To increase the challenge and promote somatosensory system activation, ask students to close their eyes and feel their feet against the floor. Cue them to sense the changes in pressure and how the angles change at the hips as the trunk moves. Instruct them to open their eyes if they feel dizzy while performing this activity. To increase reliance on the vestibular system, tell participants to keep the eyes focused on the ball while performing trunk and ball movements.
Many people who have significant mobility challenges and weak trunk muscles have a hard time performing trunk leans. You can help participants develop this skill, especially in the forward direction; by doing so, you will improve their ability to rise from seated to standing. Promote lateral trunk rotation by seating participants in a row—sideways to one another, about 2 feet apart—and have them rotate the trunk (moving from the hips, not just with the arms) to pass a ball along the line. Vary the height (shoulder, waist and knee level) at which they pass the ball.
Work on Center-of-Gravity Control and Coordination
To improve seated center-of-gravity control, to enhance motor coordination and to force greater reliance on one or more of the sensory systems used for balance, include seated balloon volleyball and beanbag-tossing activities. For seated balloon volleyball, arrange clients in chairs in a circle (you may want to have extra chairs next to your more unstable clients) and instruct participants to tap a balloon to one another. Introduce a cognitive element—and turn the game into a dual-task activity—by asking participants to count out loud as they tap the balloon, to see how many times they can keep it aloft.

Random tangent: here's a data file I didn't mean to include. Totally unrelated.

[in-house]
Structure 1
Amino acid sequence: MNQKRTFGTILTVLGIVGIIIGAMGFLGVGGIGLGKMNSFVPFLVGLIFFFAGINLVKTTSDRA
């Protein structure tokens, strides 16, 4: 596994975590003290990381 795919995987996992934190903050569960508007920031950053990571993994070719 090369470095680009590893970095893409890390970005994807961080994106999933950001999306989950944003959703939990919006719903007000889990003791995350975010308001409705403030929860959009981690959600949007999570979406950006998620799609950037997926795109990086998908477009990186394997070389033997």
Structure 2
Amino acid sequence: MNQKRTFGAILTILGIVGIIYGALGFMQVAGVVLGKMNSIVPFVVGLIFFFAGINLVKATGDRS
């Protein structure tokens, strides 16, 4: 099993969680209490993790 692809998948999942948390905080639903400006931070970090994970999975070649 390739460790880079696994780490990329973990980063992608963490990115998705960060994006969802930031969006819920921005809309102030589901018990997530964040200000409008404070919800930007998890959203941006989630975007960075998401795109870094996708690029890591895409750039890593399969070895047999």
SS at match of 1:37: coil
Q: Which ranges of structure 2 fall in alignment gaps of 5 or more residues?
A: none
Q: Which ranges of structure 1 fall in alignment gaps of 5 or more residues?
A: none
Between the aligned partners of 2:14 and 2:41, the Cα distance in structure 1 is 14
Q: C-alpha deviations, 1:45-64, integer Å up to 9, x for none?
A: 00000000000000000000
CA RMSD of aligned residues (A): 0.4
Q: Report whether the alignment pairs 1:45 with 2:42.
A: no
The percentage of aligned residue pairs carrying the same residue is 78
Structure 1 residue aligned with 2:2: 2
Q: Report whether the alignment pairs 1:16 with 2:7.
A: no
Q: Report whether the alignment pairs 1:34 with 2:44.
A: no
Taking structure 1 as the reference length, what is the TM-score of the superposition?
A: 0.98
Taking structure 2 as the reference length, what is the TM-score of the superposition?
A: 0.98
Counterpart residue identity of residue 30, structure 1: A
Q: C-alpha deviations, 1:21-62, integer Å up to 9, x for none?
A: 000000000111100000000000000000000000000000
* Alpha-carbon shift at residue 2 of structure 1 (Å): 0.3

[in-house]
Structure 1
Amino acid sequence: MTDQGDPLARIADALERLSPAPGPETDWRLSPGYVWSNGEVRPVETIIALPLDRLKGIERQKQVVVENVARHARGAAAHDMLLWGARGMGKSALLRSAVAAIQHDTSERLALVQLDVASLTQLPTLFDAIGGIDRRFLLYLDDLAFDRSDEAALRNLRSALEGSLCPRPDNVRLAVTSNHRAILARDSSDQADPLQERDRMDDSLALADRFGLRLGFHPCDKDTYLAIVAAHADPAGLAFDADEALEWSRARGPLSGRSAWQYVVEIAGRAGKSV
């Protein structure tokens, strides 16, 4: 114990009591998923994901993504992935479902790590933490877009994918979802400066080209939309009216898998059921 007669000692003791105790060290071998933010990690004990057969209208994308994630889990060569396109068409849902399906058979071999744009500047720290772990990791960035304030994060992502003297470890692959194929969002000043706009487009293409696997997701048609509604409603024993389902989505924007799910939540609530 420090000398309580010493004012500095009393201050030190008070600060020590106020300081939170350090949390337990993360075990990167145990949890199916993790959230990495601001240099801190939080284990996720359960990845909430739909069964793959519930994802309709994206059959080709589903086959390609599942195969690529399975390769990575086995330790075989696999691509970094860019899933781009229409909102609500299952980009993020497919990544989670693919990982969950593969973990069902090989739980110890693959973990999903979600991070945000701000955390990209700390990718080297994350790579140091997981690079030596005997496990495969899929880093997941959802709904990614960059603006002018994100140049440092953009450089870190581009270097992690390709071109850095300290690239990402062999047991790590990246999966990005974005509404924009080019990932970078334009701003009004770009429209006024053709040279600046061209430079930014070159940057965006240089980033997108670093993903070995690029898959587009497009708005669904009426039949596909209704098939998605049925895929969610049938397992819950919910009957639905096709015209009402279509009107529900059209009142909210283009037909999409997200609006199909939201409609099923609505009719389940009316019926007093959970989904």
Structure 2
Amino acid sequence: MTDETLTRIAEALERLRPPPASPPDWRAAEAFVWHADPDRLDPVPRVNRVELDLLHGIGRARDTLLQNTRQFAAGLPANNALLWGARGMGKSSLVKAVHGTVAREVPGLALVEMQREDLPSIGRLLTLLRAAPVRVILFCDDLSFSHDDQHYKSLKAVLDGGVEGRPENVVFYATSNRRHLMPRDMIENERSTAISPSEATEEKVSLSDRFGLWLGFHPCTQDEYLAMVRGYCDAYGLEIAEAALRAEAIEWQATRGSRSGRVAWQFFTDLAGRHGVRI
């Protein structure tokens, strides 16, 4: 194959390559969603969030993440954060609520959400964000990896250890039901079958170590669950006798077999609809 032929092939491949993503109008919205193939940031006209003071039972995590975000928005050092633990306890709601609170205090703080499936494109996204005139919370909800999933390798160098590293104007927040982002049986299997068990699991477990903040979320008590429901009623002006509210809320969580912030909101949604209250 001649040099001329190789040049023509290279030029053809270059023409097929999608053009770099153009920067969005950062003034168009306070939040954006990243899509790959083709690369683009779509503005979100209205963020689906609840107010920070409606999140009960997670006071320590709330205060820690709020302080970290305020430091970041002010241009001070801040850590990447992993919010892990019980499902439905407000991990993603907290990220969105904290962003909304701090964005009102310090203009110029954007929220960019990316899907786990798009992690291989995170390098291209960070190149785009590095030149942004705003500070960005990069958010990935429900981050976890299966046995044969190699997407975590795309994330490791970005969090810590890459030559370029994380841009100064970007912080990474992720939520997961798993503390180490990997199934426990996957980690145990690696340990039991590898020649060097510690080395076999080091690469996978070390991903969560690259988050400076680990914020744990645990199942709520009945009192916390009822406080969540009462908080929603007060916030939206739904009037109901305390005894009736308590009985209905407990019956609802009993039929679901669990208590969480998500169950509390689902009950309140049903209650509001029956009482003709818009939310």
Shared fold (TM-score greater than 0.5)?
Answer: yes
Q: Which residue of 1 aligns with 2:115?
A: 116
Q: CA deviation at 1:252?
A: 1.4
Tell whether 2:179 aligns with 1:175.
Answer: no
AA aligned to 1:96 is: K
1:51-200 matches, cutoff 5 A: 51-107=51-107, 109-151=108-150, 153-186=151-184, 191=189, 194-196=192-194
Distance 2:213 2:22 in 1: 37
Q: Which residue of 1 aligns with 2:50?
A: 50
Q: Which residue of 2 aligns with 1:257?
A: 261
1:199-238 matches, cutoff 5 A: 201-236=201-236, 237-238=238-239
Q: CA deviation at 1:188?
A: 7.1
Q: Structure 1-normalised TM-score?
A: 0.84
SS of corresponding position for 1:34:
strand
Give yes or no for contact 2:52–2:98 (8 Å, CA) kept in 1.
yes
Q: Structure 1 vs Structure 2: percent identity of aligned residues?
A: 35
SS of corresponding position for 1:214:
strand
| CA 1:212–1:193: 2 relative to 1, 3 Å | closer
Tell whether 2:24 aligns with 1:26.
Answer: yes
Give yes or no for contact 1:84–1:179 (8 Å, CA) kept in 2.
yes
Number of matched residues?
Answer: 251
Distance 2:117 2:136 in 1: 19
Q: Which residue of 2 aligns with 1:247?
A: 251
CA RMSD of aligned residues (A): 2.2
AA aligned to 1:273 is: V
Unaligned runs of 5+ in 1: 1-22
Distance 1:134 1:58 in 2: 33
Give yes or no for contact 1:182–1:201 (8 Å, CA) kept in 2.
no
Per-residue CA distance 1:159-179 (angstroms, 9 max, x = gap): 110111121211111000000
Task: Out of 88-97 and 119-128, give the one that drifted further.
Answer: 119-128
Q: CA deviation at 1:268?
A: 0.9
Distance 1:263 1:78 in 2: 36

Another idea is to give everyone a beanbag, with the instruction to toss it from one hand to the other or to toss and catch it with two hands (easier to control). To engage the vestibular system, ask participants to watch the beanbag as it moves. Further increase the challenge by asking people to count out loud in serial sequences (e.g., count backwards from 100 by 3s) or call out words in a category (e.g., flowers, names of candies) each time they toss the beanbag.
End the class with a 5- to 10-minute seated cool-down that includes chest stretches with the arms retracted and single-leg hamstring stretches. These stretches address two areas where improved flexibility can have a significant impact on posture and functional movement. Conclude with several deep breaths with corresponding overhead arm lifts to improve respiratory control and bring closure to the class.
Be innovative with exercises that provide functional relevance and that challenge your older participants within their capabilities. Continue to provide your valuable service to this population, knowing you are
helping older adults increase functional fitness and maintain independence.
Sidebar: Learn More About Working With Older Adults
If you’d like to improve your teaching skills and get a better understanding of how to address the needs of older adults, review the following products from the IDEA Store (www.ideafit.com/fitness-products):
- Training Issues and Solutions for Older Adults, by Lauren Eirk (streaming video)
- Older Adults: a Multitude of Modifications, by Gay Elliott (streaming video)
- Postural Re-Education for Older Adults, by Shari Kalkstein (streaming video)
- Exercise Program Design for Falls Prevention, by Rodney Corn, MA and Christian Thompson, PhD (CEC course)
- The Aging Club Member Crisis, by Sue Hitzmann, MS (CEC course)
Jones, C. J., & Rose, D. J. 2005. Physical Activity Instruction of Older Adults (2nd ed.). Champaign, IL: Human Kinetics.
Rose, D.J. 2010. FallProof!Ôäó: A Comprehensive Balance and Mobility Training Program. Champaign, IL: Human Kinetics.
What programs or fitness equipment are you finding most popular with participants as they begin to return to in-person training?